Karin M. Anderson is Senior Counsel in Lozano Smith's San Diego Office. Ms. Anderson specializes in the Special Education, Students, Charter Schools, and Labor and Employment aspects of educational law.
Ms. Anderson represents educational agencies in all aspects of special education matters, including general advice, IEP meetings, mediations, due process cases, Office for Civil Rights and California Department of Education investigations and complaints, Section 504 issues, and related federal court litigation. She also assists clients in various student-related matters, including complaints and investigations under the UCP and before CDE, student fees disputes, student records, discipline issues, and policy development and review. Ms. Anderson often works with clients on charter school issues that involve related special education, student, MOU and general oversight matters.
Ms. Anderson frequently presents special education and student workshops and trainings on a wide-range of topics.
Prior to joining Lozano Smith, Ms. Anderson served as Staff Attorney at the Center for Education Policy and Law in San Diego, where she performed substantial research to draft collaborative reports addressing the legal and policy implications for various issues in education law, such as mayoral control over school districts, student misuse of electronic communication devices, and charter schools. She also served as a summer law clerk with the legal services office of the San Diego Unified School District, where she assisted on employee discipline, facilities and business, and board governance issues.
Ms. Anderson received her Juris Doctor degree from University of San Diego School of Law. As a student, she earned several awards, including the Highest Grade in Class Award for "Tax I" and "Employment Discrimination", High Pass Award for "Lawyering Skills I", and earned the Honor Scholarship for the 2010-2011 academic year. Ms. Anderson graduated from the University of California, San Diego with a Bachelor of Science in Psychology.
Ms. Anderson regularly volunteers as a mentor to local high school students, providing guidance to help students achieve success in their education and college and career preparation.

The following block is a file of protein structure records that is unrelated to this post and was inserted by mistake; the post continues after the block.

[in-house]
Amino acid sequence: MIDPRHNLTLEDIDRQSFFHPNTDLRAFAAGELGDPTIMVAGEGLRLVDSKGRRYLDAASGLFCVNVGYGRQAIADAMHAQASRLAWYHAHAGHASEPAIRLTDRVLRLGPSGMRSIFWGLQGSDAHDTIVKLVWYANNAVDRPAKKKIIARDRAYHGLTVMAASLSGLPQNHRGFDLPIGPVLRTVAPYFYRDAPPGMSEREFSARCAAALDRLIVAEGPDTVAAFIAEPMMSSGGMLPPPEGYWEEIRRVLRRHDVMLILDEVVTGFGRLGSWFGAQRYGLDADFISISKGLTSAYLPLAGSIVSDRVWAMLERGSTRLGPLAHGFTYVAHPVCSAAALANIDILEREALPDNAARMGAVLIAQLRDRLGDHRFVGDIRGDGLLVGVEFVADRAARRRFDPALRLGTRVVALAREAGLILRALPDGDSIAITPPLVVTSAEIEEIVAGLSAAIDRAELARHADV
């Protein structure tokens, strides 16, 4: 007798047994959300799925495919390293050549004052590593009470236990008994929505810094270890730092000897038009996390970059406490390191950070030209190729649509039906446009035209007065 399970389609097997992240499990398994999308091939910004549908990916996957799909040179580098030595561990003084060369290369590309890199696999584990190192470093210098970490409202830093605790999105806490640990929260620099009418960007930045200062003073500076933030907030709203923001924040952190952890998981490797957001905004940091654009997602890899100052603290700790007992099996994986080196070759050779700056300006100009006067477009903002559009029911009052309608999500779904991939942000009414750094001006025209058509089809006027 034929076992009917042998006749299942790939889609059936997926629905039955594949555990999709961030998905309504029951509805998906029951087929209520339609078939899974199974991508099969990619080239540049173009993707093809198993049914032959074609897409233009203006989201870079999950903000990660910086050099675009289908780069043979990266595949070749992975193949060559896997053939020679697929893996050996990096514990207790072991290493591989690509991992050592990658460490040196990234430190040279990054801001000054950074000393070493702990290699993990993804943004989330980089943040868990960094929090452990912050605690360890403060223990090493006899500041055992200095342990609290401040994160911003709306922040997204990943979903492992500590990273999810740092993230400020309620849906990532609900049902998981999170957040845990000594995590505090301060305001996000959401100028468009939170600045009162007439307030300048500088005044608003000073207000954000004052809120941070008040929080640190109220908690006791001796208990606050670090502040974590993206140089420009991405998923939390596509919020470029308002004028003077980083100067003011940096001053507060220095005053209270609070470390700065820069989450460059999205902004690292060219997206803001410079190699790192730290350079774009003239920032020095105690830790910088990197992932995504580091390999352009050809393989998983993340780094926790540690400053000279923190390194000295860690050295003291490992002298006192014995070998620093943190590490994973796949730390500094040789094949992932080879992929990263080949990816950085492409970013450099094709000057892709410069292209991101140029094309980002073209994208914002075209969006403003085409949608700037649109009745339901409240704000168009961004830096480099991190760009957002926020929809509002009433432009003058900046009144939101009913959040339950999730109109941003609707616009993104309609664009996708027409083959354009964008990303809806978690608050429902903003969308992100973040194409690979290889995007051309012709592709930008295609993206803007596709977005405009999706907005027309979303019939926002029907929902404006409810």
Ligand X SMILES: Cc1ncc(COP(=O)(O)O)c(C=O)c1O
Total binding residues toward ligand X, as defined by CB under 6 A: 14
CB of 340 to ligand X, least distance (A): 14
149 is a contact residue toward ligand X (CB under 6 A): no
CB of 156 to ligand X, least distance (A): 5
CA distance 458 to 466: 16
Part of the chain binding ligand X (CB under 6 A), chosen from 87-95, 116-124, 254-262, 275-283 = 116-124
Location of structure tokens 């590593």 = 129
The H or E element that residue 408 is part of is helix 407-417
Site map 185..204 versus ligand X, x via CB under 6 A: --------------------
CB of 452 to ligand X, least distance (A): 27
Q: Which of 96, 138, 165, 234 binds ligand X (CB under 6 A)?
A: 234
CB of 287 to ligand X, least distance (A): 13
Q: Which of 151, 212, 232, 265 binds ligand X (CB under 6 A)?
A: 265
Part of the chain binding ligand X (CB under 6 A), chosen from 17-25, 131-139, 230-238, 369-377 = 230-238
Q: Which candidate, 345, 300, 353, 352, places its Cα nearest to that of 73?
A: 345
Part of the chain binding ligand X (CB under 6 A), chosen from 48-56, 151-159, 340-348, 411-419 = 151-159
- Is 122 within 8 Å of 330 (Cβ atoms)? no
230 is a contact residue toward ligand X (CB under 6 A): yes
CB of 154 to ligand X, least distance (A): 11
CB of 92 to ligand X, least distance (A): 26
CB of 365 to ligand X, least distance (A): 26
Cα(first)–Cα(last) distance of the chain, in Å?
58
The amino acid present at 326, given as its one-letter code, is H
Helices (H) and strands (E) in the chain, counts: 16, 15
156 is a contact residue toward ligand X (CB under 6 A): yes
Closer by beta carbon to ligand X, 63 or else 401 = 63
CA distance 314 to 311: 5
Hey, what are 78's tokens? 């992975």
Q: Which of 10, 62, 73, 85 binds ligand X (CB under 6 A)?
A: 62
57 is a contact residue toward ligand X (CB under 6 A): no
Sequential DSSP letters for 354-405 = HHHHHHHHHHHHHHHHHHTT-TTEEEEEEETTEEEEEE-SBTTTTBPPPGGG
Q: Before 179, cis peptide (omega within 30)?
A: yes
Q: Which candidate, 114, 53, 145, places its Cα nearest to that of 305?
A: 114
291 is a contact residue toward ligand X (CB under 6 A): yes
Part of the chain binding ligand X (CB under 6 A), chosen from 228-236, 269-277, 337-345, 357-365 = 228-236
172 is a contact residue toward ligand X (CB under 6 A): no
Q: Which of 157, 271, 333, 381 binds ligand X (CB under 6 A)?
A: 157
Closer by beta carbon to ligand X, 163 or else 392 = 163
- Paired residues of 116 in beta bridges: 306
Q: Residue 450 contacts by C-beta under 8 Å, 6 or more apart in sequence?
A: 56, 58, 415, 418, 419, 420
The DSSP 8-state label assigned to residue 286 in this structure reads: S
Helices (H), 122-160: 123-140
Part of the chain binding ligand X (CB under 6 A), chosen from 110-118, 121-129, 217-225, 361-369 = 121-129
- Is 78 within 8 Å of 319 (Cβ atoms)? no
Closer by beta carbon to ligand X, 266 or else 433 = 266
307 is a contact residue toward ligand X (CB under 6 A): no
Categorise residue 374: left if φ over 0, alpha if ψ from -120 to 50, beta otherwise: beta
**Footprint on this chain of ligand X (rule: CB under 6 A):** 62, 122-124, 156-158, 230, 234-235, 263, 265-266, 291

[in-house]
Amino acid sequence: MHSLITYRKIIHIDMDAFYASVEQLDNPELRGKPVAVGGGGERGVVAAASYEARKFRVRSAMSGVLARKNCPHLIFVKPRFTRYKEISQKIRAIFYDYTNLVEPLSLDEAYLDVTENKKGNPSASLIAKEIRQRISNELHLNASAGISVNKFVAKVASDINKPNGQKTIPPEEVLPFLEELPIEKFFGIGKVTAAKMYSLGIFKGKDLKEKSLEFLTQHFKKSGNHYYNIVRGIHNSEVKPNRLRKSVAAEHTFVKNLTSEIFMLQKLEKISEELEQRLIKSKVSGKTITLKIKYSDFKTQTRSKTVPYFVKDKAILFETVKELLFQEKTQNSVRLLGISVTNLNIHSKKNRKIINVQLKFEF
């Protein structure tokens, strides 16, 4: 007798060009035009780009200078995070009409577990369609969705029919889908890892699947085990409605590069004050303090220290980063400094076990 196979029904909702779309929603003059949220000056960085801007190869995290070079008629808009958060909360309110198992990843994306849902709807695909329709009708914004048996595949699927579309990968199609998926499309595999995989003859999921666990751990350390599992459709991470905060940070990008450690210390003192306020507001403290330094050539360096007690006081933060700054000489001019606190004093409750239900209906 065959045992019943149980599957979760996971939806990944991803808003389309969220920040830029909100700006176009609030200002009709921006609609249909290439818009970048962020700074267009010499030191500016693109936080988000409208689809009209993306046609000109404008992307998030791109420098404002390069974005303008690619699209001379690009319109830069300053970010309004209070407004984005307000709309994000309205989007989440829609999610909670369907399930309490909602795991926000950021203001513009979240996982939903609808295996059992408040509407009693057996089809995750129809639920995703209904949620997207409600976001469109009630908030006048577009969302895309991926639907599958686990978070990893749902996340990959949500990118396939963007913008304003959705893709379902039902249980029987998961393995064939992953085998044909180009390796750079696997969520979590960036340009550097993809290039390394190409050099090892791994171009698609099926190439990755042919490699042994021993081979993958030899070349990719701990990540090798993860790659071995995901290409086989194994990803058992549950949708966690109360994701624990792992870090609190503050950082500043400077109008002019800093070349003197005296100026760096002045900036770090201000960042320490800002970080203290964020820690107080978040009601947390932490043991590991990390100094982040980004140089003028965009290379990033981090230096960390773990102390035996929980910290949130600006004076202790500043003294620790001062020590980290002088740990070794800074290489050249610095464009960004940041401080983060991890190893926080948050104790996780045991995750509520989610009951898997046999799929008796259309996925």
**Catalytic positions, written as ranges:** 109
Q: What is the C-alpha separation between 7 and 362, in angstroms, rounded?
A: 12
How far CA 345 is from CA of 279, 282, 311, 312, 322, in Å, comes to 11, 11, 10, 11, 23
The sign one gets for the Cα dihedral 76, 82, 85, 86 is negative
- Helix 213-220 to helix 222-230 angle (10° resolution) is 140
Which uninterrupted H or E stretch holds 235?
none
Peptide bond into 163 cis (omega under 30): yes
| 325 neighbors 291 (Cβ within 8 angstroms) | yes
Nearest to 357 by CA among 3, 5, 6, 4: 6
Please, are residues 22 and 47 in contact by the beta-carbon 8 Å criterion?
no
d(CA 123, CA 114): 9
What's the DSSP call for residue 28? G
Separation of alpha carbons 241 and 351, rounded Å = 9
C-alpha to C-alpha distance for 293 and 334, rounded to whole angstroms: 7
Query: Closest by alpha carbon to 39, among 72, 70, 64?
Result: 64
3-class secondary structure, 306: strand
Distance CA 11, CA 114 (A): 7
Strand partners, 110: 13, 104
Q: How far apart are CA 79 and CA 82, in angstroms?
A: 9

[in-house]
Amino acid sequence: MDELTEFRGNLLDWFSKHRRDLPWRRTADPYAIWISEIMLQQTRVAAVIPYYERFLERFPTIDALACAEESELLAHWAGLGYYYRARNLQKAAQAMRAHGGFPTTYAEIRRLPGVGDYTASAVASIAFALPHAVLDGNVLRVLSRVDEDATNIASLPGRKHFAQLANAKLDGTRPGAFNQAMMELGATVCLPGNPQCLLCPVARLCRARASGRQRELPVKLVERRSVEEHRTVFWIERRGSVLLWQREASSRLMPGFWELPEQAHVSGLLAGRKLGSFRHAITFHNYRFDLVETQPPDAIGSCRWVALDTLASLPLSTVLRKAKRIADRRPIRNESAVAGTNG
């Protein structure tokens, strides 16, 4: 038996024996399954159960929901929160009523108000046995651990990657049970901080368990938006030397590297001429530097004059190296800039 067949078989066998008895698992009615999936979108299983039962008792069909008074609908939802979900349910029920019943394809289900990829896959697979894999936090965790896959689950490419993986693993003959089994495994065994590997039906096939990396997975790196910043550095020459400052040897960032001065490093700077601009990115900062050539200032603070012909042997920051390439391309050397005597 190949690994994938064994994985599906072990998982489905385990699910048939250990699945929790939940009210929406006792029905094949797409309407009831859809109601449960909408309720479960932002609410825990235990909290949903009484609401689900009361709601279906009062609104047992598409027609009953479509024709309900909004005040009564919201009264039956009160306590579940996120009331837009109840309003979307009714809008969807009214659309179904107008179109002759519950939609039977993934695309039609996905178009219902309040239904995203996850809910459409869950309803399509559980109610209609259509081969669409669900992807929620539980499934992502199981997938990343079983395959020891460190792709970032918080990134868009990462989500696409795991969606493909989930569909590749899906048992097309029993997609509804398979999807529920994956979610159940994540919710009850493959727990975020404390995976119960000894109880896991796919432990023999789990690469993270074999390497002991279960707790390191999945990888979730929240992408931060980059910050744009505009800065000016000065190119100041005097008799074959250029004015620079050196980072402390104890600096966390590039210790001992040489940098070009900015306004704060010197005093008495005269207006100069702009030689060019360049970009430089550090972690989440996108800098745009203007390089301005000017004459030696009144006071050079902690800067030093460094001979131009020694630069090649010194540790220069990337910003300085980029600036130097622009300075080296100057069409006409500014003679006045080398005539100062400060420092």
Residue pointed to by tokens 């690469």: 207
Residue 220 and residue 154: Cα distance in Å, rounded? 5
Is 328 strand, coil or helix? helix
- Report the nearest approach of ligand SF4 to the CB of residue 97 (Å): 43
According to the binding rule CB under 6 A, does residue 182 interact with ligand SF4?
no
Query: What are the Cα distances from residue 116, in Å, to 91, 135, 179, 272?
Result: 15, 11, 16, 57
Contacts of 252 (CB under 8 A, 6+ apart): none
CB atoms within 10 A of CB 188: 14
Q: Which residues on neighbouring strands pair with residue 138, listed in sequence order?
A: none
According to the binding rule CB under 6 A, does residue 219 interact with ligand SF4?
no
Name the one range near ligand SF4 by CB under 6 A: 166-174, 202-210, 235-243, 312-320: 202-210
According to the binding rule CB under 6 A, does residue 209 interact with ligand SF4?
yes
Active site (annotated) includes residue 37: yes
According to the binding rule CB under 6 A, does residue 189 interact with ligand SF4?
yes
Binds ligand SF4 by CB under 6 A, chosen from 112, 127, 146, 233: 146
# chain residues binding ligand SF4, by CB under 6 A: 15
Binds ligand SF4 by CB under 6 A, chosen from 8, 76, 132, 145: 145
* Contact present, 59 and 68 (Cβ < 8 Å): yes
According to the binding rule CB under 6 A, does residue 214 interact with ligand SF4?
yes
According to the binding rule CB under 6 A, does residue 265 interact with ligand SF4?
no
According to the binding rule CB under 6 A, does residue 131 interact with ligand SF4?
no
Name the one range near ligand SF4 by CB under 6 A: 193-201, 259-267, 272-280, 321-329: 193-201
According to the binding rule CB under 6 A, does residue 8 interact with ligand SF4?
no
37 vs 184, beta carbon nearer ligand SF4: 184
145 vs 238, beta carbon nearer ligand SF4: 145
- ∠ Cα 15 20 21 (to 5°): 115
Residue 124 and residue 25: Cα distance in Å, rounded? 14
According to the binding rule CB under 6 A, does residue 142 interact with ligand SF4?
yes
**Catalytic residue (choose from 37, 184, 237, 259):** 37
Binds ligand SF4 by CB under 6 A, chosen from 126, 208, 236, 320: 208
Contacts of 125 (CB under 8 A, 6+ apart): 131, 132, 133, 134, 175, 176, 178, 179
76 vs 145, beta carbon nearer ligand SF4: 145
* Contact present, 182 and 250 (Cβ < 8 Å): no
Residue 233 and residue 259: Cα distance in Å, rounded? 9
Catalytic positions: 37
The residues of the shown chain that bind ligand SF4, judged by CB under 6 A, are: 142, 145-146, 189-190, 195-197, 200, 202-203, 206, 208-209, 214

On September 8, 2016, the United States Department of Justice (DOJ) reached a settlement agreement with the California Department of Education and State Board of Education (CDE) to improve the CDE's compliance monitoring systems and ensure provision of language instruction services to English learner (EL) students in the state's public schools. In light of this agreement, school districts should expect changes and closer scrutiny from the CDE with respect to monitori...
On March 16, 2016, the Ninth Circuit Court of Appeals held that a parent of a child with a disability was not entitled to recover attorneys' fees incurred after the date a school district presented a settlement offer, even though the parent ultimately prevailed in a special education due process hearing. (Beauchamp v. Anaheim Union High School District (9th Cir. 2016), 2016 U.S. App. LEXIS 4805 (Beauchamp).) The Ninth Circuit found the relief that the parent obtained ...
Looking ahead to the 2015-2016 school year, school districts and county offices of education should ensure for full compliance with Senate Bill (SB) 1111, effective January 1, 2015. SB 1111 repealed certain Education Code provisions, while revising and adding others regarding the categories of students and the conditions under which they may be enrolled in a county community school, as well as certain student placements relative to the expulsion process.
The United States Supreme Court recently issued an order declining to review the Ninth Circuit Court of Appeals' decision in Dariano v. Morgan Hill Unified School District (March 30, 2015) 2015 U.S. Lexis 2190. As previously reported by Lozano Smith (See Client News Brief No. 15, March 2014), in Dariano, the Ninth Circuit held that school administrators did not violate students' constitutional rights to free speech when they prohibited students from wearing American f...